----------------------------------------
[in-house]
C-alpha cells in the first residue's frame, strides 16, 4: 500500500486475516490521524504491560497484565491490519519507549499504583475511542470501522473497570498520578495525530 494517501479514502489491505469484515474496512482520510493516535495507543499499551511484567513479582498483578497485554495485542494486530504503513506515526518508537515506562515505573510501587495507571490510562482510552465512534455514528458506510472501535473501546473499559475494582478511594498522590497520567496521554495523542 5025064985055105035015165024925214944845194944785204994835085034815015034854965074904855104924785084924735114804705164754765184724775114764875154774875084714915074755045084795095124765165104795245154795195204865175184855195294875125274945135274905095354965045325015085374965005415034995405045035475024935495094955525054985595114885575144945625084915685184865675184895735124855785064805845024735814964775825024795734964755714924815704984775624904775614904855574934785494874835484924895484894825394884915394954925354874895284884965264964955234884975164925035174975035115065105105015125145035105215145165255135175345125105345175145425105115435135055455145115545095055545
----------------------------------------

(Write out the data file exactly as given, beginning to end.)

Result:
[in-house]
C-alpha cells in the first residue's frame, strides 16, 4: 500500500486475516490521524504491560497484565491490519519507549499504583475511542470501522473497570498520578495525530 494517501479514502489491505469484515474496512482520510493516535495507543499499551511484567513479582498483578497485554495485542494486530504503513506515526518508537515506562515505573510501587495507571490510562482510552465512534455514528458506510472501535473501546473499559475494582478511594498522590497520567496521554495523542 5025064985055105035015165024925214944845194944785204994835085034815015034854965074904855104924785084924735114804705164754765184724775114764875154774875084714915074755045084795095124765165104795245154795195204865175184855195294875125274945135274905095354965045325015085374965005415034995405045035475024935495094955525054985595114885575144945625084915685184865675184895735124855785064805845024735814964775825024795734964755714924815704984775624904775614904855574934785494874835484924895484894825394884915394954925354874895284884965264964955234884975164925035174975035115065105105015125145035105215145165255135175345125105345175145425105115435135055455145115545095055545